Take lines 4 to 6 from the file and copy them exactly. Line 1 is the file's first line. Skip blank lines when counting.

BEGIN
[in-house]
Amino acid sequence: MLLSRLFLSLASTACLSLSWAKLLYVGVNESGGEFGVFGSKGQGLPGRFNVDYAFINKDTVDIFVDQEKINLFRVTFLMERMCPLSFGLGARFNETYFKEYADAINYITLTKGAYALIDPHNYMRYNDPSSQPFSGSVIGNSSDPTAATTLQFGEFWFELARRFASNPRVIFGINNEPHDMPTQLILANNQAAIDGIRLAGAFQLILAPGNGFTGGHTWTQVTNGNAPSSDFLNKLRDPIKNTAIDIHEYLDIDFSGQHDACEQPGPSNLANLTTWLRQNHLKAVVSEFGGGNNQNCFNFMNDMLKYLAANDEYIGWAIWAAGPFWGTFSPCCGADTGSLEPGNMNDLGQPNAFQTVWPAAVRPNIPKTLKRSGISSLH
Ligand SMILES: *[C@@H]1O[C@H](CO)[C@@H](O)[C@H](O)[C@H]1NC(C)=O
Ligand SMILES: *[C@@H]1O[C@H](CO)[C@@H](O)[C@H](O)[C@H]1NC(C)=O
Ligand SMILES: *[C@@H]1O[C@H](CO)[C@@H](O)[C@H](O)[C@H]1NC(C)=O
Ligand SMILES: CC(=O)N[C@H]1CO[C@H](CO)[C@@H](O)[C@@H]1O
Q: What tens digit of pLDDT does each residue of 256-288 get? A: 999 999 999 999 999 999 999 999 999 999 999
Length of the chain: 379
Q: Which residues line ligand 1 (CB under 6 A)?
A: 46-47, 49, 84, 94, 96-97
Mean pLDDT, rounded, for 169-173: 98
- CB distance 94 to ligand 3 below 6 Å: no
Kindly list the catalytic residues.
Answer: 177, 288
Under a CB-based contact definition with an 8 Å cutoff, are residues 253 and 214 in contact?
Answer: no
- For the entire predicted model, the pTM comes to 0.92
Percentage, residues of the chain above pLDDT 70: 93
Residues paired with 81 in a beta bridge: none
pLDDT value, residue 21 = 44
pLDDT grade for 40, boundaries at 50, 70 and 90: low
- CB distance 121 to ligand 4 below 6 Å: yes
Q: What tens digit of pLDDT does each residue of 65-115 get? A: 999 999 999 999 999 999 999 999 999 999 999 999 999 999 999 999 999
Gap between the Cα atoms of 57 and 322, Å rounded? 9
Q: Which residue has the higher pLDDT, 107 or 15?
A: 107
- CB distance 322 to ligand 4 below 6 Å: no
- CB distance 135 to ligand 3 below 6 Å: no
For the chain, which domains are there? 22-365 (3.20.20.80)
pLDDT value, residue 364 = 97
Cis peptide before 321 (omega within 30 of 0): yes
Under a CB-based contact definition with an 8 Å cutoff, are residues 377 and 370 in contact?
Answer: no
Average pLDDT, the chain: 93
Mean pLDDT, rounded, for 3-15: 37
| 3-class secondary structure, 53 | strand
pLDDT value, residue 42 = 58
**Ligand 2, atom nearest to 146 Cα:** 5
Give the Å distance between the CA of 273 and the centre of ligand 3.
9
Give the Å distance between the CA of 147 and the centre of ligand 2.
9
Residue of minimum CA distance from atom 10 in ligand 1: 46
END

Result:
Ligand SMILES: *[C@@H]1O[C@H](CO)[C@@H](O)[C@H](O)[C@H]1NC(C)=O
Ligand SMILES: *[C@@H]1O[C@H](CO)[C@@H](O)[C@H](O)[C@H]1NC(C)=O
Ligand SMILES: CC(=O)N[C@H]1CO[C@H](CO)[C@@H](O)[C@@H]1O